Not to say it isn't a visually interesting film, but you can really tell it was made in 1984.

I also really hate the depiction of the Harkonnens and the Baron in particular. Stupid, Gross, annoying! But it is fun to see Sting play the bad guy.

And speaking of weird celebrity appearances, this movie is like a who's who of nerd actors.

Brad Dourif played Wormtongue in Lord of the Rings. As Piter de Vries, he plays the almost identical character; a corrupt and nasty political adviser with close ties to major figureheads.

 Patrick Stewart (again!) as Gurney Hallock.
And Dean Stockwell, AKA Al from Quantum Leap as the traitorous Dr. Yuweh. It was neat to see him in something else.

I've actually been dying to see him in 1970's "The Dunwich Horror". He plays the lead in this movie based on Lovecraft's short story about demon worshiping monsters. It looks hilarious and he's so young!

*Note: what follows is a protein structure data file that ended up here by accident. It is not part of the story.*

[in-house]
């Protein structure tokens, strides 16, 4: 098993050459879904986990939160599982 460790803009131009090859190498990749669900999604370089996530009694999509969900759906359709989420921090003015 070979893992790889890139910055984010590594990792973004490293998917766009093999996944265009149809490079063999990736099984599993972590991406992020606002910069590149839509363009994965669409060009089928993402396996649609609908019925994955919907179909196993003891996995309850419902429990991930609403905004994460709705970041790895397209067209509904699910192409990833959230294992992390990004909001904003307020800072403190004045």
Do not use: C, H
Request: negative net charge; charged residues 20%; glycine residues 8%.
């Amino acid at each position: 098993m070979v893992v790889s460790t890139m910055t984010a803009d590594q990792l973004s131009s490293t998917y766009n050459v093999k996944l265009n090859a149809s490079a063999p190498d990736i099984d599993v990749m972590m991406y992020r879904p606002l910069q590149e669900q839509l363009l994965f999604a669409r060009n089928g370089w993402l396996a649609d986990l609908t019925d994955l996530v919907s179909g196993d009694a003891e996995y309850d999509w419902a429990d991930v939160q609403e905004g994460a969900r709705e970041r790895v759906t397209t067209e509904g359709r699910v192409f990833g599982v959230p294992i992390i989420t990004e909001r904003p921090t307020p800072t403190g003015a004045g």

So anyways, "Dune" is really long and kind of boring at times. Also very very weird. I wouldn't recommend it if you haven't read the books. The film is very true to the novel, but it's almost like because it's so word-for-word, it's not very good. I dunno. David Lynch's style and Frank Herbert's mythos is a weird combination.

Thursday, January 6, 2011


So enough of this negativity about life and the new year. Let's talk about the good things that came out of our week off. Like:

Soooo many delicious beers.

Also received/drank but not pictured: Abita SOS, Lindeman's Framboise, Rodenbach and Southern Tier Pumpkin (My Favorite Pumpkin Beer of the Year!)

So far my favorite was the Lindeman's, which basically tastes like berry nectar, or delicious candy. But what can I say, I'm a girl drink drunk.